For the Noraneko_5first time in a while, I enjoyed an amazing meal that wasn’t bombarded by pretension.

Noraneko, sister restaurant of Biwa that recently opened last month, served me everything I needed on a tumultuous Monday. Glancing over the simple food menu, I made my choice of shoyu ramen​, a Japanese soy sauce most popular in the Kanto region of central Japan but originating from Yokohama. My only additions were the special egg and pork belly chasyu. The kimchi caught my eye, and I had a tori kara age dessert (boneless fried chicken). Being accustomed to usually dining out for southern-influenced bar food, I realized in that moment that I needed to dive head first out of my microcosm and into the ramen realm.

For a meal option that’s been gaining popularity since WWII and having museums dedication, I felt uncomfortable just now realizing how great it is. Thankfully, Noraneko and Biwa have been holding my hand through the journey. The broth was appropriate for slurping and had just the right amount of heaviness. ​The only mistake I made was not finishing it fast enough. ​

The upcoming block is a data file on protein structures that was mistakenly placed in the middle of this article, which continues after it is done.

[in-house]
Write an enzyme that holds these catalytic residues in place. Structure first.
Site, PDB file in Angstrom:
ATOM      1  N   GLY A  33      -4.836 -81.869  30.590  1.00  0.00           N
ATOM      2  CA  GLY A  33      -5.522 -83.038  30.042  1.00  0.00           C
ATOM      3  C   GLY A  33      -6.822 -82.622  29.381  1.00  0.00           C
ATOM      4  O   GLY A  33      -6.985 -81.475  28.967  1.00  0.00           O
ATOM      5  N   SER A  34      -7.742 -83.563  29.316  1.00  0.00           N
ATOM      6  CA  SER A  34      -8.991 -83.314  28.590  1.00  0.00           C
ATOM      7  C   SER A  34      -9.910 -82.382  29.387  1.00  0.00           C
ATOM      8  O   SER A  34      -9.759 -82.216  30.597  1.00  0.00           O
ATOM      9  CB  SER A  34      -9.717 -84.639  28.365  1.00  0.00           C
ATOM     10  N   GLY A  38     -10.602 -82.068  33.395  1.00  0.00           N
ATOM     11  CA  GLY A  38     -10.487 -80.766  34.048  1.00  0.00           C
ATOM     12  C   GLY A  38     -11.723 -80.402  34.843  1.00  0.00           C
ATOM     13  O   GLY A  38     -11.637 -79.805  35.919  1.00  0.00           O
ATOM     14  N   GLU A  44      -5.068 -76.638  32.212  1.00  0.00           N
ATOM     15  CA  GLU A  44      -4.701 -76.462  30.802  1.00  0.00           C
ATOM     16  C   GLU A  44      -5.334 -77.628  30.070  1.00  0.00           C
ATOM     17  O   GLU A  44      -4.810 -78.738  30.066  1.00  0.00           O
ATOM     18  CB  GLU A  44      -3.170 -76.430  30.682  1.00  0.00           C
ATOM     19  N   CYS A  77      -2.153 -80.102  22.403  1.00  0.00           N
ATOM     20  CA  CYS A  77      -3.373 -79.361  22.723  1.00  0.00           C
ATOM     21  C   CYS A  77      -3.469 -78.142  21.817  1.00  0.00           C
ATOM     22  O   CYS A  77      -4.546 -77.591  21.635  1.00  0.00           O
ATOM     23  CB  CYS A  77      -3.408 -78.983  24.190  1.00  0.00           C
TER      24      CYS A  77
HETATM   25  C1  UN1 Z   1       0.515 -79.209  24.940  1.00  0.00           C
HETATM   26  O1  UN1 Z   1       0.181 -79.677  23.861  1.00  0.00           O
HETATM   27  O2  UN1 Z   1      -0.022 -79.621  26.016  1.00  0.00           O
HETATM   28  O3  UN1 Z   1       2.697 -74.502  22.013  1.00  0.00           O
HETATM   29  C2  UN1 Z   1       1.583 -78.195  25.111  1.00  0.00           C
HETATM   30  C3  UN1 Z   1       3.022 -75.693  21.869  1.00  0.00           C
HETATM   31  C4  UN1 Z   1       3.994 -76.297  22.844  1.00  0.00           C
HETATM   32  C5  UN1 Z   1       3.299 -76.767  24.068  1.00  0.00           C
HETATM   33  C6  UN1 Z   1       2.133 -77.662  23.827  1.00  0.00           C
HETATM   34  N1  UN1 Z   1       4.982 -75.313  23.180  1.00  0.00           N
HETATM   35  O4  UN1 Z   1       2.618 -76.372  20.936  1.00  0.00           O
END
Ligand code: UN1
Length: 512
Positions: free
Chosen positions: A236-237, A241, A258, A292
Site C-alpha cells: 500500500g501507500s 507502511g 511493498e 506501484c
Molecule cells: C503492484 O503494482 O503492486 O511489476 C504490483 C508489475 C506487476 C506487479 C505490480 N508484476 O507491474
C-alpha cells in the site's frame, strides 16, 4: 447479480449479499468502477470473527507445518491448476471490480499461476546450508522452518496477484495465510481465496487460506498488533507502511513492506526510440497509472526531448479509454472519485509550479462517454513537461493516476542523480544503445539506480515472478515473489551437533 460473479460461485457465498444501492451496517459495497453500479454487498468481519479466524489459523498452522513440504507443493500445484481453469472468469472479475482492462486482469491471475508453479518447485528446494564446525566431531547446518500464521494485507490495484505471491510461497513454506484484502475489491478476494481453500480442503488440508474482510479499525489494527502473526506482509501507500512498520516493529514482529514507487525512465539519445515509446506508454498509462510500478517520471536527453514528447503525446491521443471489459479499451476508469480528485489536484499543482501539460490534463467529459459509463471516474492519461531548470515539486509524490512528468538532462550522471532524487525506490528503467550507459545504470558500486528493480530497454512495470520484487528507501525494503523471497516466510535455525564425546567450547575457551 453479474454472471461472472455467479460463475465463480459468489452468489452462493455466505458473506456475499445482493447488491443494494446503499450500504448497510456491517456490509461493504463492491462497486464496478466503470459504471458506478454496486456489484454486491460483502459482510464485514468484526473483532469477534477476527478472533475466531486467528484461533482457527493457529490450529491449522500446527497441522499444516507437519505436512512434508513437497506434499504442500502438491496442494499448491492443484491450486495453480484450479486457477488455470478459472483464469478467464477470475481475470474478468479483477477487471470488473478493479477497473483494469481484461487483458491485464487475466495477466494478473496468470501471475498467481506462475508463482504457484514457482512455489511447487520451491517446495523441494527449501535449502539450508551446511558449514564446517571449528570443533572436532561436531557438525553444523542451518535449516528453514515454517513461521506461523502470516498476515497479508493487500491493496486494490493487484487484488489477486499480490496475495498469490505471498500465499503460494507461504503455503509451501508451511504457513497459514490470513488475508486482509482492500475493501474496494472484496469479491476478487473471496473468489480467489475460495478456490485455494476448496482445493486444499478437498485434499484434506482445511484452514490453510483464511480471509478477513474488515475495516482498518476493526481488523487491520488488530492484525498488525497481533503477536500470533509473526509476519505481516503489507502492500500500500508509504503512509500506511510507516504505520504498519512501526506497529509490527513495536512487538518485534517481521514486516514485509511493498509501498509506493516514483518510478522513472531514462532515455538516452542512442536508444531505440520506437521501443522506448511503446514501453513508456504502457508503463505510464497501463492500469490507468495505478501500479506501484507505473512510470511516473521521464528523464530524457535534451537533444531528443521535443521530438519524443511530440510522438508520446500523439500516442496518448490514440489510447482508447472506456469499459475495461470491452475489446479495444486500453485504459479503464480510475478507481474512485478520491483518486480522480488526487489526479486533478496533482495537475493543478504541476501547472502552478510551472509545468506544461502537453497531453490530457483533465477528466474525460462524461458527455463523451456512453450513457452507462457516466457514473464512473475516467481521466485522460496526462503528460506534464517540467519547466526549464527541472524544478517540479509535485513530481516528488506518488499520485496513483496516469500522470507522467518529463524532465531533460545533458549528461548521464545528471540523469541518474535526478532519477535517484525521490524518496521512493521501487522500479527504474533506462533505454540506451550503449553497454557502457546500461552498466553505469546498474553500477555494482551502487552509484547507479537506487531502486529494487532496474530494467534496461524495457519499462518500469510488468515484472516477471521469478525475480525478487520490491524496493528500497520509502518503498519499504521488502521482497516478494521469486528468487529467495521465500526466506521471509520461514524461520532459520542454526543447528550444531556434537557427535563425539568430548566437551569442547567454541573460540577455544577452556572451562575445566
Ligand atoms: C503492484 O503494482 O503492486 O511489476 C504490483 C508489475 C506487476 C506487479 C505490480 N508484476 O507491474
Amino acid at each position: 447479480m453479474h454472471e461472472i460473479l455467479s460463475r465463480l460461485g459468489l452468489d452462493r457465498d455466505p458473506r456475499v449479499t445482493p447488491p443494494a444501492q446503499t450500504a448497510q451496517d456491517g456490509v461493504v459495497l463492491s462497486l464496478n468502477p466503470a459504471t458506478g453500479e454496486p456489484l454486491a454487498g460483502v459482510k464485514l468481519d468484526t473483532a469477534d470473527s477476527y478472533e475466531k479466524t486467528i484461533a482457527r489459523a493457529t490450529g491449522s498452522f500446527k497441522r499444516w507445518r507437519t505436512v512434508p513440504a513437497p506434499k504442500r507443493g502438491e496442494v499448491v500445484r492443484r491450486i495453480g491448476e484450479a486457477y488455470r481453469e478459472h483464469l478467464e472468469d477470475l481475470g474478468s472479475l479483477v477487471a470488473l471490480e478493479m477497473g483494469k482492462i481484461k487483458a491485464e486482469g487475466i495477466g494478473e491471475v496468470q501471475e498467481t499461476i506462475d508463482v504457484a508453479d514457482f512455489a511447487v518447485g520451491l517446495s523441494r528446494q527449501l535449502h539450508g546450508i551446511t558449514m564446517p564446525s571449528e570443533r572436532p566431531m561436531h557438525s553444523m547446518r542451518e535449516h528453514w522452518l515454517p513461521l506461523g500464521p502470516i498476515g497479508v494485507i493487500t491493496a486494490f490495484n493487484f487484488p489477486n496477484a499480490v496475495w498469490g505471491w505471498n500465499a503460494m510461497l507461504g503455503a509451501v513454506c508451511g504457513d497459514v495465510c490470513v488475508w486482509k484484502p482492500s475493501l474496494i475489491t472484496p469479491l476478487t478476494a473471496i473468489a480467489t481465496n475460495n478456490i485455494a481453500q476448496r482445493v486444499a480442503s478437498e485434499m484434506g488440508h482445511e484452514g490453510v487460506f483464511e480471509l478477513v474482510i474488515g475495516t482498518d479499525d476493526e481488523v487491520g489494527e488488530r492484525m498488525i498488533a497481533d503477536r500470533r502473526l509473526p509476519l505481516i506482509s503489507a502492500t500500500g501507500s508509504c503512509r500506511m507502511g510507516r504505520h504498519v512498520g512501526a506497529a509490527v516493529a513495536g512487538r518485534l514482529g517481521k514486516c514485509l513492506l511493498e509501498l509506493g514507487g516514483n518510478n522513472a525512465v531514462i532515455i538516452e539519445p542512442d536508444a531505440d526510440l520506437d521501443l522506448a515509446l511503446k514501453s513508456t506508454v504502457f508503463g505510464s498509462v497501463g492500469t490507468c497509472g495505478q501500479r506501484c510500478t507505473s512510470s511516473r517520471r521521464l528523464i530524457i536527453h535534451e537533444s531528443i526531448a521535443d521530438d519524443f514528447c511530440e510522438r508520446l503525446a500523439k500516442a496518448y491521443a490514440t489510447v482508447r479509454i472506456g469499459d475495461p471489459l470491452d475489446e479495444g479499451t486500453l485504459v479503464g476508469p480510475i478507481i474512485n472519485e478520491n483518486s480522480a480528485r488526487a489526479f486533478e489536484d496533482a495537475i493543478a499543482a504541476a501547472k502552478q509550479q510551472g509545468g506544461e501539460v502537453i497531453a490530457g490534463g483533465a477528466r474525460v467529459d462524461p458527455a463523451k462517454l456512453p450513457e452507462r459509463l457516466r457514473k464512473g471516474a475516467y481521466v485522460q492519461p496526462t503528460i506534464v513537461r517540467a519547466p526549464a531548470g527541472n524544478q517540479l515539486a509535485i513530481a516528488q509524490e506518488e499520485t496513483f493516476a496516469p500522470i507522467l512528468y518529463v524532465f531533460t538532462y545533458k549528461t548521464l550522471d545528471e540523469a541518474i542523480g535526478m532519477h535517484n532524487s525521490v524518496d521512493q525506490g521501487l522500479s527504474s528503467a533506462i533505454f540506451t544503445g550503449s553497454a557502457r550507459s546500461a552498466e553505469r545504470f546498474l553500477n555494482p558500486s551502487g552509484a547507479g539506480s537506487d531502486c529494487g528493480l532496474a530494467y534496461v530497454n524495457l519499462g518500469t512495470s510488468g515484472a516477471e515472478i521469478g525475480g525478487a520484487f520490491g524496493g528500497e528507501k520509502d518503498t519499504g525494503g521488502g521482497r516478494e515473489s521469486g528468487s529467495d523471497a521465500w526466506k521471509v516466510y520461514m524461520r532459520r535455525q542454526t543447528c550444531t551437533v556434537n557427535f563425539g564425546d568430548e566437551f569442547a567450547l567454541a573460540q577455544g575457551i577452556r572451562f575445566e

The husband/chef and wife/architect duo have made it very clear what they like out of a ramen shop. In Gabe Rosen’s 2012 interview with Portland Monthly, he shared an experience that affected both Biwa and Noraneko. Their most memorable meal took place in a town called Kushiro. Their friend took them to a restaurant disguised as a “grocery market filled with fish and vegetables…it was so good and so primally simple.”

That remarkable simplicity carries over to their own new invention, Noraneko itself. The​ food menu offers four different ramen options: shio, shoyu, miso and vegetable, ​with a couple more optional additions and small plates​. The drink menu offers a more imaginative introduction to the Portland beverage scene.​ Bartender Jon Lewis gave me a heads up about the upcoming inventions that will be soon ready to cure your curiosity.

Noraneko will be participating in Negroni week as well as introducing their Kimchi Bloody Mary highly appropriate for their earlier weekend hours (11am Saturday and Sunday).

This new casual restaurant inevitably will pick up speed and a dedicated clientele, similar to the development of Biwa. The atmosphere is modern and positive, housing excited owners, staff and patrons. Portland’s lucky to have this pop up during a time when everything else seems the same. Check it out and venture away from your microcosm soon as well.